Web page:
On Wednesday, Toyota Kirloskar Motors launched India’s first all-hydrogen electric vehicle project with the International Centre of Automotive Technology (ICAT). The Toyota Mirai FCEV is the first hydrogen-powered fuel cell e-car globally and runs on pure hydrogen generated electricity. Toyota will work with the government’s testing agency ICAT to study and evaluate the fuel cell e-car for Indian roads and climate.
The Mirai is considered a zero-emission vehicle as the car only emits water from its tailpipe. According to the automobile manufacturer, the car has a refuelling time of five minutes and can run 646 kilometres on a full tank. The Toyota Mirai was initially launched in 2014 and introduced globally in 2020. The second-generation Toyota Mirai FCEV will be built at the Toyota Kirloskar Motors’ plant in Karnataka.
Green hydrogen is generated from renewable energy and biomass that is easily available. This pilot project will expedite India’s transition from fossil fuels to clean and green energy to work towards environmental conservation. The project also aims at spreading awareness about hydrogen and FCEV technology in India.
How do FCEVs work?
Fuel cell electric vehicles is an evolving automobile technology that works like electrolysis, i.e. electric current gets passed through a substance, which gains or loses an electron, but in reverse. Instead of using electricity to split water into oxygen and hydrogen, these elements will be combined to produce water and electricity. The electricity will then power the car’s motor, while water is the only waste produced.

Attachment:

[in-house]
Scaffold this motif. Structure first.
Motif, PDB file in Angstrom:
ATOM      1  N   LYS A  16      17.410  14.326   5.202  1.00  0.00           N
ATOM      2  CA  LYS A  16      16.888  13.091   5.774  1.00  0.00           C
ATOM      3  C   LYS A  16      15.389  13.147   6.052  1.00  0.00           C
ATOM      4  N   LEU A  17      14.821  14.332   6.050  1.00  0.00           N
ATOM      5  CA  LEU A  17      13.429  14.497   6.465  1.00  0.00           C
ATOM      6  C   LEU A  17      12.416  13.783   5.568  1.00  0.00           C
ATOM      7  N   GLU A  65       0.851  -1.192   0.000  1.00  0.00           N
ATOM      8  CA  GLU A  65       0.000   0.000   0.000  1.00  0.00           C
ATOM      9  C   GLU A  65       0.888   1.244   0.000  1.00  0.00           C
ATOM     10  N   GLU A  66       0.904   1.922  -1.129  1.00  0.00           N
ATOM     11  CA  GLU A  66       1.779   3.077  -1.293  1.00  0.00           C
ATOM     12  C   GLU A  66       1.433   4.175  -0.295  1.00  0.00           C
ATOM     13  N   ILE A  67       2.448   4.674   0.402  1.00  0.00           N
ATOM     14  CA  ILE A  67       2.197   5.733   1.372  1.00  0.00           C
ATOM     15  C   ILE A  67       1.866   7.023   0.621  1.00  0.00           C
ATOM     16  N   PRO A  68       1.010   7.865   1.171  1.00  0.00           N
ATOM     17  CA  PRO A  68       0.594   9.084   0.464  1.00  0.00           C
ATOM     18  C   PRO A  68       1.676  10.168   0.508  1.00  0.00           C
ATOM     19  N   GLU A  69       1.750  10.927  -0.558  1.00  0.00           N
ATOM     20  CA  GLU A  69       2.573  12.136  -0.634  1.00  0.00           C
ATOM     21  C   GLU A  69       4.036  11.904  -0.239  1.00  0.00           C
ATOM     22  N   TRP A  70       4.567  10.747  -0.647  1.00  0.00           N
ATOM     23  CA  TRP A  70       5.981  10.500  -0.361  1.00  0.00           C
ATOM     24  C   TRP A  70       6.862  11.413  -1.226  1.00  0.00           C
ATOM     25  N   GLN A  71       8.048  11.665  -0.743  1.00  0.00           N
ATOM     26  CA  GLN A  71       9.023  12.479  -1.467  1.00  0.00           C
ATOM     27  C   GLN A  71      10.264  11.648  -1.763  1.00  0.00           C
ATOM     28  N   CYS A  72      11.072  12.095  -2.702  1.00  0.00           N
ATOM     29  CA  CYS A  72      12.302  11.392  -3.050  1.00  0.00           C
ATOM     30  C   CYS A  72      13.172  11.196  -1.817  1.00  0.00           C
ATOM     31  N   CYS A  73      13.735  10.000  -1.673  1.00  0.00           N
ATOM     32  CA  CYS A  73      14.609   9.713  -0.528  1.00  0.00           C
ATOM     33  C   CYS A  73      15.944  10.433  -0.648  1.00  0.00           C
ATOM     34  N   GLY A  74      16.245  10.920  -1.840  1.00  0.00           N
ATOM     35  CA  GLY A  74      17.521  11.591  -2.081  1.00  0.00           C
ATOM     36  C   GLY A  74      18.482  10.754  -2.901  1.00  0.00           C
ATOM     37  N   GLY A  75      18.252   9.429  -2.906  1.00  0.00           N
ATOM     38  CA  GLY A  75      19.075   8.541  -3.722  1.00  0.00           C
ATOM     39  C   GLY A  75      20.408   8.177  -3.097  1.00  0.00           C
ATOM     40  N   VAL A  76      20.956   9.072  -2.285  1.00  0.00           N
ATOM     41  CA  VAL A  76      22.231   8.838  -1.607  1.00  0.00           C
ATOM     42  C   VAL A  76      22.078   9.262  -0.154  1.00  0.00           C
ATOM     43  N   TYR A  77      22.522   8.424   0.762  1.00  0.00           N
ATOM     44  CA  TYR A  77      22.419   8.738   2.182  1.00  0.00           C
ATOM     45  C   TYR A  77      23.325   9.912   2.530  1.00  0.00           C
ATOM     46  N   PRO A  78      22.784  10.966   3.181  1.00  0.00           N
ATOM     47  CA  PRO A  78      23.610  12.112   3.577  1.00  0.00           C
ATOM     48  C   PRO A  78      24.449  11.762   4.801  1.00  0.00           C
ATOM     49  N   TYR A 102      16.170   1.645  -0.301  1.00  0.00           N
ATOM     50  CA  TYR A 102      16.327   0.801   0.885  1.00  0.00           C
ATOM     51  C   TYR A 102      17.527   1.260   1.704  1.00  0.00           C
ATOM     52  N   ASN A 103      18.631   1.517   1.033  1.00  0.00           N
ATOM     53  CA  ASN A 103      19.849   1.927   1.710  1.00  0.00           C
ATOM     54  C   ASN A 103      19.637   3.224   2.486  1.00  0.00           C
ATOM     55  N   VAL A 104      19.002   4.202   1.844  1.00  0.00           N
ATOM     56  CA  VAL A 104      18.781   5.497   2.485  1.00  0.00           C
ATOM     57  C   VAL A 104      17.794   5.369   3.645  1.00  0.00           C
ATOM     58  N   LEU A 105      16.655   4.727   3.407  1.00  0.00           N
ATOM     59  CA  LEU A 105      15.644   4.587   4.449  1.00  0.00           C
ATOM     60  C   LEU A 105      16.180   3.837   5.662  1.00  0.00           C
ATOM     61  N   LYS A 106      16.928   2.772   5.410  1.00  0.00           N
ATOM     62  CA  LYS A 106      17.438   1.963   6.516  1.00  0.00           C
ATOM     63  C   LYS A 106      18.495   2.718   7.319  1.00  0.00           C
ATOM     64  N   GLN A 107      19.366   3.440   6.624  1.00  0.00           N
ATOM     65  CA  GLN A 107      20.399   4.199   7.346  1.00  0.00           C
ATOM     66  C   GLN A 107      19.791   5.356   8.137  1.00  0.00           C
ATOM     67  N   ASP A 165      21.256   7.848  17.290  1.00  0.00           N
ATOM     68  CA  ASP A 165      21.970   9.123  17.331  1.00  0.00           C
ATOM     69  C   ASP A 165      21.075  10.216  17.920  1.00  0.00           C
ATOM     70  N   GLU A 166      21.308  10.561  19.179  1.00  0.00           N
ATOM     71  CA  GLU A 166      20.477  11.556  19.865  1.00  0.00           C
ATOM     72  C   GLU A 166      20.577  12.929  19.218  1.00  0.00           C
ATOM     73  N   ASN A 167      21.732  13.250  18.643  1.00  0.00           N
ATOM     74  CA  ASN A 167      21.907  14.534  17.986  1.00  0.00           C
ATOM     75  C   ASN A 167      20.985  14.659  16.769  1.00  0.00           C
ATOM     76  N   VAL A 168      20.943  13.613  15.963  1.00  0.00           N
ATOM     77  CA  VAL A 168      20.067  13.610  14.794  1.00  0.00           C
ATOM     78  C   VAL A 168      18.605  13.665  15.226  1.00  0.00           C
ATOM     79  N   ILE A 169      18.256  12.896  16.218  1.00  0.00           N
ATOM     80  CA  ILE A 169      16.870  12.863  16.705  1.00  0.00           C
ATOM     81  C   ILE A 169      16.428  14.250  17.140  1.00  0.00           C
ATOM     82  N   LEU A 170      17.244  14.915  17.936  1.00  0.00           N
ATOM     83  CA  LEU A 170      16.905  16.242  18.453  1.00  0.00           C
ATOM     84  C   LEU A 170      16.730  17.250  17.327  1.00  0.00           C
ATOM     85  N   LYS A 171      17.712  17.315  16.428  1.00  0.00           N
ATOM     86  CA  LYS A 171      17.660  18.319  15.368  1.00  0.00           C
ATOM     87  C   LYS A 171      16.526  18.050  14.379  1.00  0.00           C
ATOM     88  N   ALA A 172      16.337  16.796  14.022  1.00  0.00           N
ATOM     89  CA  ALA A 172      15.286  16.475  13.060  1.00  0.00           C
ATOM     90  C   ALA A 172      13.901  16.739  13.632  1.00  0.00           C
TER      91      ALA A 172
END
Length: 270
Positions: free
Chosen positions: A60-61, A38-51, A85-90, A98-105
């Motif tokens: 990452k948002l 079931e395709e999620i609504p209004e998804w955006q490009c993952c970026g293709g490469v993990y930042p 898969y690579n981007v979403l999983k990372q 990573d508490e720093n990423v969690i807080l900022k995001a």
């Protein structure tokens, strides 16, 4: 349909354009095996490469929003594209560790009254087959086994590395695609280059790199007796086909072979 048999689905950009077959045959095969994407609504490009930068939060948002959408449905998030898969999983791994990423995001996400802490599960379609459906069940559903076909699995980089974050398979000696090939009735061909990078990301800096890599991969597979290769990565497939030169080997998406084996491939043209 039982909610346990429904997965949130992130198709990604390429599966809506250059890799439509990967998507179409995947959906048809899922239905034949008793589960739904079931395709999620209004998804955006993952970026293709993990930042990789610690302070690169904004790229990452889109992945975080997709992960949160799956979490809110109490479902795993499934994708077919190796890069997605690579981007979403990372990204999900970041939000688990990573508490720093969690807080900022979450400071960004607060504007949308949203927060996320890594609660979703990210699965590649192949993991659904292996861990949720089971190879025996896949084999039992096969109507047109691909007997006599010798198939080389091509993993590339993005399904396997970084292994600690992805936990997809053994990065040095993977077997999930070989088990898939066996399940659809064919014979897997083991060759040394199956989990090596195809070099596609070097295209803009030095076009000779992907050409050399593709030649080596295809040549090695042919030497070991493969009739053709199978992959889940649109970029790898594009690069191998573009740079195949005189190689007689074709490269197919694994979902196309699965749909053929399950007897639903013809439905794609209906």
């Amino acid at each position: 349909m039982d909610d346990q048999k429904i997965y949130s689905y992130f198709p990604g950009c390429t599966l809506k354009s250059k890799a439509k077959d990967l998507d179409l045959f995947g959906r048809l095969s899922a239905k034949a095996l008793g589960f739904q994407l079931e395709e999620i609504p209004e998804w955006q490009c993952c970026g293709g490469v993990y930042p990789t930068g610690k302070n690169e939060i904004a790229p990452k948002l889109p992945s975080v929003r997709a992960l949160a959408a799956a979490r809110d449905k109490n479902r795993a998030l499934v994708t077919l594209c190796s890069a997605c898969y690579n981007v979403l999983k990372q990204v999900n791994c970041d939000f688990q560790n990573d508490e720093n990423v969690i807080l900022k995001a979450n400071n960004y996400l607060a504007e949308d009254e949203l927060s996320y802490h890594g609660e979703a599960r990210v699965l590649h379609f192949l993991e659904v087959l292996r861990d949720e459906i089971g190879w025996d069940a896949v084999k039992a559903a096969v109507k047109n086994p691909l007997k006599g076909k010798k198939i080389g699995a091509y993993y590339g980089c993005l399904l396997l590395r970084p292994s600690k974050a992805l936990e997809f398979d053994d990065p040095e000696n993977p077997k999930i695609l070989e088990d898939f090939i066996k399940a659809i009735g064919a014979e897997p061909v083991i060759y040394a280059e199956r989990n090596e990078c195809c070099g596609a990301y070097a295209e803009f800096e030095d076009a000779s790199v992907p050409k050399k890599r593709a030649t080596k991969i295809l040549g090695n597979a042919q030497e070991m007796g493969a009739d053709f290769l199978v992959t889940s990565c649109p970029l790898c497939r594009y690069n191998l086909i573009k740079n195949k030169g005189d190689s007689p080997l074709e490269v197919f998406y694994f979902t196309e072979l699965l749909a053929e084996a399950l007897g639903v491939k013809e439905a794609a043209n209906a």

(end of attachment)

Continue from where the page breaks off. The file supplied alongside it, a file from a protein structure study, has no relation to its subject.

The fuel cell in the vehicle gets oxygen from the air and hydrogen from an inbuilt tank. The challenge here is that hydrogen is not available in pure form in its natural state, and hence producing the same sustainably is what the government’s policy aims to achieve.
How are FCEVs better than lithium battery EVs?
There are two major advantages to using hydrogen-powered fuel cell electric vehicles over lithium battery electric vehicles. Hydrogen-powered fuel cells take just a few minutes to charge, whereas lithium batteries take several hours. Secondly, hydrogen is the most abundant element available compared to lithium.
The government has said that green energy would offer huge opportunities to decarbonise various sectors in India, such as road transportation. At the launch, Nitin Gadkari, Minister for Road Transport & Highways, said, “Green Hydrogen can be generated from renewable energy and abundantly available biomass. The introduction and adoption of technology to tap into green hydrogen’s potential will play a key role in securing India’s clean and affordable energy future.”
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